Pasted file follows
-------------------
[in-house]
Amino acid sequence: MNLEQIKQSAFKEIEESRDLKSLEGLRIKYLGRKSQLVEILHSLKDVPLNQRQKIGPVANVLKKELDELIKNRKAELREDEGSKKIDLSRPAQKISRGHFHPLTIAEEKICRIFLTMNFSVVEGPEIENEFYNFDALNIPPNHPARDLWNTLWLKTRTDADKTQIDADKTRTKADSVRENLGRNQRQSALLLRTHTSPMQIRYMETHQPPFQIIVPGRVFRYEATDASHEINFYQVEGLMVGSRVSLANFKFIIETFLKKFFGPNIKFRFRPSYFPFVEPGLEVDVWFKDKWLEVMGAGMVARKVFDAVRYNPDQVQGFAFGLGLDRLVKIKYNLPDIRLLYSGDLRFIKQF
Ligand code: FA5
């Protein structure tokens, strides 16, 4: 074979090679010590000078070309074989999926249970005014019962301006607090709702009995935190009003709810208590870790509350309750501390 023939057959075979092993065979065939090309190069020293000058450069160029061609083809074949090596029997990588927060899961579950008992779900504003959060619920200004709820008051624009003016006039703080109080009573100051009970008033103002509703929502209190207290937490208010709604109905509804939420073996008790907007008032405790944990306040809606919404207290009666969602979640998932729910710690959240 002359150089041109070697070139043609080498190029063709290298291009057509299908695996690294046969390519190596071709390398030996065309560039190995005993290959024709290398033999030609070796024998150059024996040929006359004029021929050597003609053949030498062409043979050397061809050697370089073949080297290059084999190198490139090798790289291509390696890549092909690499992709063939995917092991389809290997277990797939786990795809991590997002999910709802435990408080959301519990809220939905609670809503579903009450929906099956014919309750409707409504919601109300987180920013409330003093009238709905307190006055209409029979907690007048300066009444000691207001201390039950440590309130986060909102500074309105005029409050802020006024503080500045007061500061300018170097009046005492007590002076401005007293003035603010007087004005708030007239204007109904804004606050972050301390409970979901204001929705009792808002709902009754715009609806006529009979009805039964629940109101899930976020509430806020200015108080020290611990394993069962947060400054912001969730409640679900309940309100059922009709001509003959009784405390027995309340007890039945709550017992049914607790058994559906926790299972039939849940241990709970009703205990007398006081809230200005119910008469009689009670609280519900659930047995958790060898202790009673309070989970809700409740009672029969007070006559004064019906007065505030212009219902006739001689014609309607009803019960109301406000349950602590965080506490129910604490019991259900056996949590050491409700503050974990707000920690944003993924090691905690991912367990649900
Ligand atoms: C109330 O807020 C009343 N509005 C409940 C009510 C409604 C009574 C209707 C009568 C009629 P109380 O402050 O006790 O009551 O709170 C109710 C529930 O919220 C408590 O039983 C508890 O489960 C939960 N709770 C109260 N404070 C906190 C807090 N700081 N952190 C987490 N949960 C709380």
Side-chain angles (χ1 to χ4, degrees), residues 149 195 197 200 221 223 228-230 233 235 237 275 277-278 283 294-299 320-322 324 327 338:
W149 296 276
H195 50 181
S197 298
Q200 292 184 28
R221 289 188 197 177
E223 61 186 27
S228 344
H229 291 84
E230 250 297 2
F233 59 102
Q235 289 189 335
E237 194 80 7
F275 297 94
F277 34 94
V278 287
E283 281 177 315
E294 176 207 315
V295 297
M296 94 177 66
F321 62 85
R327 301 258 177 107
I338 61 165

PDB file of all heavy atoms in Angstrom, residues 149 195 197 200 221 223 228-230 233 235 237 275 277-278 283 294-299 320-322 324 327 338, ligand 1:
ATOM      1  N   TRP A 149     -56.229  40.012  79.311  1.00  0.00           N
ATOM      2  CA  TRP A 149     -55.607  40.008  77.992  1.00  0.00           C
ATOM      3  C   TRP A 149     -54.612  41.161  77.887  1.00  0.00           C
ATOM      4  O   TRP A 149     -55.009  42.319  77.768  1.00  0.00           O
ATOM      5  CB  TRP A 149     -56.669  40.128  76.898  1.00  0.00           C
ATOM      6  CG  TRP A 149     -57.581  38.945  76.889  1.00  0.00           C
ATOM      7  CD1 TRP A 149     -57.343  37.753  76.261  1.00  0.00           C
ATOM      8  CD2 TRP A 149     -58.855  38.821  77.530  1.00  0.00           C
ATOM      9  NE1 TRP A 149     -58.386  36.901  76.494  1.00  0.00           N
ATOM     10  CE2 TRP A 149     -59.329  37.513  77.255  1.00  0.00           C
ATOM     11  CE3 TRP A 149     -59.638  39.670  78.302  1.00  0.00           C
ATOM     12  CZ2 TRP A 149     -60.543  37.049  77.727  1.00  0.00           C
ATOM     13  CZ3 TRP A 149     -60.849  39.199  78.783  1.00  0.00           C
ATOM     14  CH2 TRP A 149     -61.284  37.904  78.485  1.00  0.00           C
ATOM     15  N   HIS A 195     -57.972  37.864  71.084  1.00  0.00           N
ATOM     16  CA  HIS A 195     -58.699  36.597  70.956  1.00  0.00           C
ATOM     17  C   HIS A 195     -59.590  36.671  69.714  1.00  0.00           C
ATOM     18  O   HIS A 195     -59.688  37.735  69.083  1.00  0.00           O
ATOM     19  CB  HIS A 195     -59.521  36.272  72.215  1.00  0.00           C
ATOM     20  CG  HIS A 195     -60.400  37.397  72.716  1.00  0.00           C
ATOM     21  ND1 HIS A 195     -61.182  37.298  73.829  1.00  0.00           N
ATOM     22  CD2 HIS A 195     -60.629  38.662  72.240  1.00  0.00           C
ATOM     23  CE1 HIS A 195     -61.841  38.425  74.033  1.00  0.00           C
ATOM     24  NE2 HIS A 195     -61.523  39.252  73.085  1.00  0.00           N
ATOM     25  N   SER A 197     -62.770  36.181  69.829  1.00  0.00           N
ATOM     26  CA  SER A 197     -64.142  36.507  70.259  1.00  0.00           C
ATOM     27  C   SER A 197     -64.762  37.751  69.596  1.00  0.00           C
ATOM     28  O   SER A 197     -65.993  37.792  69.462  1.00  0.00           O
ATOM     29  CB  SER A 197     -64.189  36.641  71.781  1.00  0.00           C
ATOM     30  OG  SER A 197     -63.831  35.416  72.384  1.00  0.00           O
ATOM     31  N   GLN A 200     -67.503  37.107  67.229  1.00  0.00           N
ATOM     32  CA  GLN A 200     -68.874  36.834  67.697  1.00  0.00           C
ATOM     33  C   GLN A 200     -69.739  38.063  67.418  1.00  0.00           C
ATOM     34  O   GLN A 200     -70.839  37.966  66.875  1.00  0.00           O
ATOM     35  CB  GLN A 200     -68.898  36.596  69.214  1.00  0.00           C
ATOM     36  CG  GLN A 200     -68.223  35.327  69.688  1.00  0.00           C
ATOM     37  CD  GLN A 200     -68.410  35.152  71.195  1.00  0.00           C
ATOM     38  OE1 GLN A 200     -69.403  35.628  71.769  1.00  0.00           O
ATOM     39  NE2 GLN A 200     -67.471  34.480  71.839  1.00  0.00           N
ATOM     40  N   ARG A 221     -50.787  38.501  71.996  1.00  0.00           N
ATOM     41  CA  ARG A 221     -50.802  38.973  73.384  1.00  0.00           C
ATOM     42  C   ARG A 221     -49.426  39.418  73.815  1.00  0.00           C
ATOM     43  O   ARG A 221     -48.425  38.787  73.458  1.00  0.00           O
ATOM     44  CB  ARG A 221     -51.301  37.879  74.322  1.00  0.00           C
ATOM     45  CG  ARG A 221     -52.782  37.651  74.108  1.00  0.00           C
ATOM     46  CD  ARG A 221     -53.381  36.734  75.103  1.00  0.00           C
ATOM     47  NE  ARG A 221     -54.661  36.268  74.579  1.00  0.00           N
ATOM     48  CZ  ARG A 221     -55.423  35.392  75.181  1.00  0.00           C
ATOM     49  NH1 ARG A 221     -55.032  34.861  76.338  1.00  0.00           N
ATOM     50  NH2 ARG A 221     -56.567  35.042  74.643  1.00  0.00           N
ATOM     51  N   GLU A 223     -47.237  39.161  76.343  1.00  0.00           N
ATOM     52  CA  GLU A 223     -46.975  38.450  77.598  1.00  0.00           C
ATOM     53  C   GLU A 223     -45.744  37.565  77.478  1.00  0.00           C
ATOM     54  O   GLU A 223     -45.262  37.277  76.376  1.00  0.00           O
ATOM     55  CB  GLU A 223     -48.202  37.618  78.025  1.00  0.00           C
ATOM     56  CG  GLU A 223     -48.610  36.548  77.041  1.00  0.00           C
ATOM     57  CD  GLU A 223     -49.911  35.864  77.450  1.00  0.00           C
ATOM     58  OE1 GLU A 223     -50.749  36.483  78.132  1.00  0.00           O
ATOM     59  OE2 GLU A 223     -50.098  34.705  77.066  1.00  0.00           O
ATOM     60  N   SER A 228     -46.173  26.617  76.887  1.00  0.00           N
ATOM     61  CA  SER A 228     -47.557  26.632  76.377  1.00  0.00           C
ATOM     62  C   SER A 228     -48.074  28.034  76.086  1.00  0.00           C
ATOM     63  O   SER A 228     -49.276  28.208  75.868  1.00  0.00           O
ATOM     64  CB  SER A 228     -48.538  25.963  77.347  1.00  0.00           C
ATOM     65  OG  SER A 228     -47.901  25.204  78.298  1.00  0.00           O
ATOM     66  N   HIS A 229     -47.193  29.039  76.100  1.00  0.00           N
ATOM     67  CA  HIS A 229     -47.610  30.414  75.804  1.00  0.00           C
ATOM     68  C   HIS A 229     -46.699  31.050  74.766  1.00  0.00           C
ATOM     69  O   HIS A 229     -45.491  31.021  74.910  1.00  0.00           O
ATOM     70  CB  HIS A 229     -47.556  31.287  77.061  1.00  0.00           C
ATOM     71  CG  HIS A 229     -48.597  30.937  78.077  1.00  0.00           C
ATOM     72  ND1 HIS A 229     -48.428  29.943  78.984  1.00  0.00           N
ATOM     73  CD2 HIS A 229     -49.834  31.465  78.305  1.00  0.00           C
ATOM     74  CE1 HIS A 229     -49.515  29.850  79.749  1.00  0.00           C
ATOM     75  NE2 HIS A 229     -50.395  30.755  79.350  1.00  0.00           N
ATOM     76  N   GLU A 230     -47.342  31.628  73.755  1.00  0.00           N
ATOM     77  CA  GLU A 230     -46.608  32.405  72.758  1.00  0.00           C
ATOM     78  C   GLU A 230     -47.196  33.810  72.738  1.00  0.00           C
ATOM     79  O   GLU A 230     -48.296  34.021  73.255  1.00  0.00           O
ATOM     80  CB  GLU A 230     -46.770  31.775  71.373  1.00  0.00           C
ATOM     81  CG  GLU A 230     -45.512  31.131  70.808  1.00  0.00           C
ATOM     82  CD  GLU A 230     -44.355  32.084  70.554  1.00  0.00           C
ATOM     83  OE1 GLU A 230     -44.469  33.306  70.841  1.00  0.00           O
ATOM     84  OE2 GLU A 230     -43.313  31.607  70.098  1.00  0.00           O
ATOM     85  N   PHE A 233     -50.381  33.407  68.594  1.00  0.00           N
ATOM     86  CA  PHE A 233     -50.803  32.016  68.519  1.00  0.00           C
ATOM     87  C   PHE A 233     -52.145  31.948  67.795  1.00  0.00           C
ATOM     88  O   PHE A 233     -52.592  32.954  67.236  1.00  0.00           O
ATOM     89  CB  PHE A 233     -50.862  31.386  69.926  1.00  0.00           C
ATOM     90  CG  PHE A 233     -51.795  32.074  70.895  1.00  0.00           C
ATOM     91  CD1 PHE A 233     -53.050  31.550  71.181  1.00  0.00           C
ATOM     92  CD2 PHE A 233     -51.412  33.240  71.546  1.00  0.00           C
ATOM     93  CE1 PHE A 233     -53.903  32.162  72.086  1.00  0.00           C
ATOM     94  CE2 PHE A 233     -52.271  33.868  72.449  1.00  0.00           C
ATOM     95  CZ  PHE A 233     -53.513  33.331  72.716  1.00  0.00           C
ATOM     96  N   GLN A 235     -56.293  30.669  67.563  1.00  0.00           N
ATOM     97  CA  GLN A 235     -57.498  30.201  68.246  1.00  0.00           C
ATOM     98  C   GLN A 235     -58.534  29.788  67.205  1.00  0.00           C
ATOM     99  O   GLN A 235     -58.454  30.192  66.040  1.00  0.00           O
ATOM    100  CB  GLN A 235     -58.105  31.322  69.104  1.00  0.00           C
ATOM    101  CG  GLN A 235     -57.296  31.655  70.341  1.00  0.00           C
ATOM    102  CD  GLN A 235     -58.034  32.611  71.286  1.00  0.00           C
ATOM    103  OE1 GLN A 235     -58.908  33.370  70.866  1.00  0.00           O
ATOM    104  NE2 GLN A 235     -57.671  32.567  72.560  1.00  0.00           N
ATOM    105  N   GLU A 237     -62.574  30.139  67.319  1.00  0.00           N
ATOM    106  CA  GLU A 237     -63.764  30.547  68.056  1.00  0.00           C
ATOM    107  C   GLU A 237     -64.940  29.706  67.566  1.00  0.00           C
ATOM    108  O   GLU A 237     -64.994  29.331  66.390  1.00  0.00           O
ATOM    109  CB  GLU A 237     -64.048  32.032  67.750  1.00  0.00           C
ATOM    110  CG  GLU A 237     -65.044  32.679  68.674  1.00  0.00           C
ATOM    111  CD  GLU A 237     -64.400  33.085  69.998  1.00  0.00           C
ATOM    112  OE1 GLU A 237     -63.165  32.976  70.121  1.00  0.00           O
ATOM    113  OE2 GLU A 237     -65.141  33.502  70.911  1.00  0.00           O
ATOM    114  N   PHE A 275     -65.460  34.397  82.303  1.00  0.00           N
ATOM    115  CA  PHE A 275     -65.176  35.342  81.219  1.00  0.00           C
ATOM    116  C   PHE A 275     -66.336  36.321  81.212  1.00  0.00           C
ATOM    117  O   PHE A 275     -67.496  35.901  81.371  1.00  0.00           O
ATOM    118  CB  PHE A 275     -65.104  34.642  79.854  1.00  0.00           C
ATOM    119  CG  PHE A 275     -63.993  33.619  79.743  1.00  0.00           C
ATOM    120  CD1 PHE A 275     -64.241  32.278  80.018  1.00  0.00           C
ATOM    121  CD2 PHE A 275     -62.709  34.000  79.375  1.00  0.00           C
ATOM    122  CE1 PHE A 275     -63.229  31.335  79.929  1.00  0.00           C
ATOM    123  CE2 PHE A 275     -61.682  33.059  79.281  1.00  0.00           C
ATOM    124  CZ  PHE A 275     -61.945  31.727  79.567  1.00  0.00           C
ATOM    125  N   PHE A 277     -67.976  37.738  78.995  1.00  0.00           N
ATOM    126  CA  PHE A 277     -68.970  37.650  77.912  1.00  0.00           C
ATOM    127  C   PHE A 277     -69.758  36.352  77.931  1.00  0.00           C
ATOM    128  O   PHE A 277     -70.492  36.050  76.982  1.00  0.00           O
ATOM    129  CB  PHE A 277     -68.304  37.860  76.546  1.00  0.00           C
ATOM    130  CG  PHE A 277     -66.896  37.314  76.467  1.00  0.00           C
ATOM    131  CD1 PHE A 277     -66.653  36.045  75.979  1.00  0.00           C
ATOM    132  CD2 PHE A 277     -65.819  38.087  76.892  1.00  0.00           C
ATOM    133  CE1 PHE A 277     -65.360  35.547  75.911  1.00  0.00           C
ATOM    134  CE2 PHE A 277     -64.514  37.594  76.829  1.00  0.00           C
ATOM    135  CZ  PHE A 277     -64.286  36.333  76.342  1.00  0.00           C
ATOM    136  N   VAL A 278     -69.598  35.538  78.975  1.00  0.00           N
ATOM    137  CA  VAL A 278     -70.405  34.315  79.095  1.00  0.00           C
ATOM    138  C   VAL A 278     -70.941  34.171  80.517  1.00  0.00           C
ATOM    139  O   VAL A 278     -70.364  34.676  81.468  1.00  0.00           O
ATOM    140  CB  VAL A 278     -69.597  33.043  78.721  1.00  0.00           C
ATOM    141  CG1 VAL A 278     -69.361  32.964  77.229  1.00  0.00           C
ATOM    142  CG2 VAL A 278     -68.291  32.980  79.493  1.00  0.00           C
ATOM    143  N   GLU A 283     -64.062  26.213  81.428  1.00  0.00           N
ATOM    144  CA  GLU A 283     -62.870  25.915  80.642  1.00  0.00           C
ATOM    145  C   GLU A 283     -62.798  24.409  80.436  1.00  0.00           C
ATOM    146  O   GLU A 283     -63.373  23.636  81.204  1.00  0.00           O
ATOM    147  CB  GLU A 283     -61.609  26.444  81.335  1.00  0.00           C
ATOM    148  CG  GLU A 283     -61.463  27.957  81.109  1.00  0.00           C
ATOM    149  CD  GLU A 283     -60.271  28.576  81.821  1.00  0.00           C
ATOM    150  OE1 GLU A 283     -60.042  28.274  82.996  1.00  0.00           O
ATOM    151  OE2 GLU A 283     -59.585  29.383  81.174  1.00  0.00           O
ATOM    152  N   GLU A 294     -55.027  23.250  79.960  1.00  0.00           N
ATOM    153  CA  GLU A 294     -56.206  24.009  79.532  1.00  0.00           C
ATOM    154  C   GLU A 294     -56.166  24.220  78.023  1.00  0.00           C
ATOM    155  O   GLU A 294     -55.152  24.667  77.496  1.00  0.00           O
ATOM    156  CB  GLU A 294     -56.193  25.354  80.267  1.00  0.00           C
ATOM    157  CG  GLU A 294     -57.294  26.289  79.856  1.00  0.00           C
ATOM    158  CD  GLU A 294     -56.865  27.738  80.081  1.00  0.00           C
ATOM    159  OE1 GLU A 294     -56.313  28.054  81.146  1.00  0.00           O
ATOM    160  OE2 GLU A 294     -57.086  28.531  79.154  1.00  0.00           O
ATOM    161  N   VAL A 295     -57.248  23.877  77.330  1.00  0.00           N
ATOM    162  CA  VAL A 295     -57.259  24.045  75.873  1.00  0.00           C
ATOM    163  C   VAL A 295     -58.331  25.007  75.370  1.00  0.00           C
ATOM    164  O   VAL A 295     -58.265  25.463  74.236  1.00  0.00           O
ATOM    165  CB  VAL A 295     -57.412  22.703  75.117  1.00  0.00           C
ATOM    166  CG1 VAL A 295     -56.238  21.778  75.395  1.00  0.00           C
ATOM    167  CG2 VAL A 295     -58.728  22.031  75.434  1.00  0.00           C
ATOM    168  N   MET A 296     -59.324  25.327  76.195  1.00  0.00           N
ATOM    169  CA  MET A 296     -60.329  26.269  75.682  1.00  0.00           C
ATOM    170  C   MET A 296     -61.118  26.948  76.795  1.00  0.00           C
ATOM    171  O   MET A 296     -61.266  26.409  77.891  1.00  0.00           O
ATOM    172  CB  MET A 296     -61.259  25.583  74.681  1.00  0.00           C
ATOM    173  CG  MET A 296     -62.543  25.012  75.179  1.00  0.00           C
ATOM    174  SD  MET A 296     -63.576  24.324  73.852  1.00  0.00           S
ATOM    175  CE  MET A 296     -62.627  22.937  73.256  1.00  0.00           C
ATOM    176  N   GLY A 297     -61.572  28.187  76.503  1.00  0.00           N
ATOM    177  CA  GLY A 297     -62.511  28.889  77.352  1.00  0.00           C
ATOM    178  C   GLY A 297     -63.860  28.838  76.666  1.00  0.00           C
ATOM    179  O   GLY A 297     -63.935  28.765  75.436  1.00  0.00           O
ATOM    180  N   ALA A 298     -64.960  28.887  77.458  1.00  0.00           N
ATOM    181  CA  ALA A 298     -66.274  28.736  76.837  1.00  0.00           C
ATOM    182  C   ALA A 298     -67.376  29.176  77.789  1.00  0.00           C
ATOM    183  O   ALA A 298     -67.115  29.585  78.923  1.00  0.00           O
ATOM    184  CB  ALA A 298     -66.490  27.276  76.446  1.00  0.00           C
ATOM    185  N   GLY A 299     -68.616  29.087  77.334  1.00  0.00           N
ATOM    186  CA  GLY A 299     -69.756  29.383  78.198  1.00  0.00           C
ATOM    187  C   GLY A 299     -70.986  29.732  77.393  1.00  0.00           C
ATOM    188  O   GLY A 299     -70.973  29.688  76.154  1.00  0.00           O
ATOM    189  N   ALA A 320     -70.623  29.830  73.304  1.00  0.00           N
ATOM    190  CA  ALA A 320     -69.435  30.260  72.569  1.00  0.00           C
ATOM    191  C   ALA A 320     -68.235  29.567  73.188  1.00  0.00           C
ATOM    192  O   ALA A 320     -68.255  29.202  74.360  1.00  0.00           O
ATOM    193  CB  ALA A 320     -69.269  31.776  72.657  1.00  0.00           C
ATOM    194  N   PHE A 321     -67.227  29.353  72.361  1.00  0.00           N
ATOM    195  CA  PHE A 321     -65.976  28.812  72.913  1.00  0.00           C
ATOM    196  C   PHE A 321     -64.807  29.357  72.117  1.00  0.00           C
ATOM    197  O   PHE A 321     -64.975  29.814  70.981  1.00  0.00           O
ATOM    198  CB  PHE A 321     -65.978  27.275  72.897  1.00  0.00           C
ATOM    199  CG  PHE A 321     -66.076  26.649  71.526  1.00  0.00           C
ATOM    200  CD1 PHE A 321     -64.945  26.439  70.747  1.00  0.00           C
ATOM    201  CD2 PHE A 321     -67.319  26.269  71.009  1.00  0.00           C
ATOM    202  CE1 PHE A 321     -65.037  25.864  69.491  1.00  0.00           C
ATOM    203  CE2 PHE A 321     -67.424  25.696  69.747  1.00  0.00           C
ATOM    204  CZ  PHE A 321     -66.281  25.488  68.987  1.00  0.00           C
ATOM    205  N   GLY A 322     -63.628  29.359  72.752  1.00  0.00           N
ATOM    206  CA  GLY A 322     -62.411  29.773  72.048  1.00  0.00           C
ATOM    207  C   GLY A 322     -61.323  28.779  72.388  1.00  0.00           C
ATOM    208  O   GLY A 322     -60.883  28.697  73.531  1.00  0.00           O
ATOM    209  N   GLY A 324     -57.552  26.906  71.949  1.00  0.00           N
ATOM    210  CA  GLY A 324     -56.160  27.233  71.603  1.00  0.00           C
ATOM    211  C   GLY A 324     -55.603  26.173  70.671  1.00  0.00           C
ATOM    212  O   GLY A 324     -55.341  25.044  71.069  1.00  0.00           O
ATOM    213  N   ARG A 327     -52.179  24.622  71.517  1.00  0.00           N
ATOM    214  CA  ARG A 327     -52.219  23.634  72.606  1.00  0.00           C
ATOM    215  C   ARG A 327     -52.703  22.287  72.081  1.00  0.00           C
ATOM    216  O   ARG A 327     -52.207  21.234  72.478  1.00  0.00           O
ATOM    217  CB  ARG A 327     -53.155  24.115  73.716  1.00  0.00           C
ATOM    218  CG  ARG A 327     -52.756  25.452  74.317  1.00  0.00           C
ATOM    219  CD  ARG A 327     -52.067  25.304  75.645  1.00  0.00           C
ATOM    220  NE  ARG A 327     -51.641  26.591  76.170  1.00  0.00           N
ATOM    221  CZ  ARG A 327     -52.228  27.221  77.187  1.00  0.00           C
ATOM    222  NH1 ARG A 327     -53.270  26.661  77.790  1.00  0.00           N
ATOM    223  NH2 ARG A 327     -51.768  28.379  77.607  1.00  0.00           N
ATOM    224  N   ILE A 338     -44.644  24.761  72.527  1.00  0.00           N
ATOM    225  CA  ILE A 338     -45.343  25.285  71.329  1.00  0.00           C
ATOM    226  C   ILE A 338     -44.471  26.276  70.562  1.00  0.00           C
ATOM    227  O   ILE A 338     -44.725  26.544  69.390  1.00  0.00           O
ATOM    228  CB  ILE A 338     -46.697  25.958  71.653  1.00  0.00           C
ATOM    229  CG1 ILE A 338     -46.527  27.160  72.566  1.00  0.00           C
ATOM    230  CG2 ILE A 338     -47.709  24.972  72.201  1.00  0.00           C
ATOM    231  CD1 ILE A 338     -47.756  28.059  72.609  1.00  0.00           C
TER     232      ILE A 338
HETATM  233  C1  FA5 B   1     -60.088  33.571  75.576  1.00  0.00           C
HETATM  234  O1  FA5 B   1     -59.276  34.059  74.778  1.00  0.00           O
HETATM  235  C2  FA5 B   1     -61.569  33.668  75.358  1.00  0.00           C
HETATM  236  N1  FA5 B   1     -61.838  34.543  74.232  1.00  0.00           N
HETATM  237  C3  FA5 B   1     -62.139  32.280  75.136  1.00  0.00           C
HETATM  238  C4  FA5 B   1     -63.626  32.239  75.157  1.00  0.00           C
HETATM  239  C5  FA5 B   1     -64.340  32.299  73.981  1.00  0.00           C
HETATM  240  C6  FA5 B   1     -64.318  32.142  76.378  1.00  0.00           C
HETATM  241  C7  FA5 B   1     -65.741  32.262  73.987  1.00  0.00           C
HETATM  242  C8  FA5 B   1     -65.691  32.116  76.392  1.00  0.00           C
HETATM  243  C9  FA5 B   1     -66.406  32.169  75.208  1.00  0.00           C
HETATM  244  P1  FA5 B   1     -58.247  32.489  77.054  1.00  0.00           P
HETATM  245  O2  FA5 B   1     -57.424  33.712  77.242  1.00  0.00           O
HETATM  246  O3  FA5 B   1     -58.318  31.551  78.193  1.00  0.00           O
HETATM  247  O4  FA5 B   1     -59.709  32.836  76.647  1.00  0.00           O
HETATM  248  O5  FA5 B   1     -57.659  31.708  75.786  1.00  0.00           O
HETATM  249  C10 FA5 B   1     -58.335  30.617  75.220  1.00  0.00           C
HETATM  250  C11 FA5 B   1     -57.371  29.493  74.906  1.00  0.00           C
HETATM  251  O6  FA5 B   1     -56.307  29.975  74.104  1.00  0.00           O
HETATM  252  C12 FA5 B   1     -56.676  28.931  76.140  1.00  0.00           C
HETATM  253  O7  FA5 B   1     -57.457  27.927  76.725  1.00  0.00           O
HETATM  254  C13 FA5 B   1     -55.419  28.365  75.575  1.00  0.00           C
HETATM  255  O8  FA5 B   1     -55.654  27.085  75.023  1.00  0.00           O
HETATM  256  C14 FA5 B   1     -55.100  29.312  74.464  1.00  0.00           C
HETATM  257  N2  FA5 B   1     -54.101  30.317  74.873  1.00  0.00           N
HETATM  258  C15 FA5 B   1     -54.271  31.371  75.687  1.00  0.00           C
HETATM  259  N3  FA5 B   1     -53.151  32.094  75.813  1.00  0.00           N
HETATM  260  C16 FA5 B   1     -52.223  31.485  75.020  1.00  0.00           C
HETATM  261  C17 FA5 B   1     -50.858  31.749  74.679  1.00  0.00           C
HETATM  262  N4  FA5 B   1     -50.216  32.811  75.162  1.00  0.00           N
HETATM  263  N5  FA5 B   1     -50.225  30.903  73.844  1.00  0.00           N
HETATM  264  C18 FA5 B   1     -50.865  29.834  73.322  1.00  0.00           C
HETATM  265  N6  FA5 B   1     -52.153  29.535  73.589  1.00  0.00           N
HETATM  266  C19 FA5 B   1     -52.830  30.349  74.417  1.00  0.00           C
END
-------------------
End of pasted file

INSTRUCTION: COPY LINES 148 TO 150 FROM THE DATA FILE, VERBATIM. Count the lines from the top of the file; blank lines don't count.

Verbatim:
ATOM    119  CG  PHE A 275     -63.993  33.619  79.743  1.00  0.00           C
ATOM    120  CD1 PHE A 275     -64.241  32.278  80.018  1.00  0.00           C
ATOM    121  CD2 PHE A 275     -62.709  34.000  79.375  1.00  0.00           C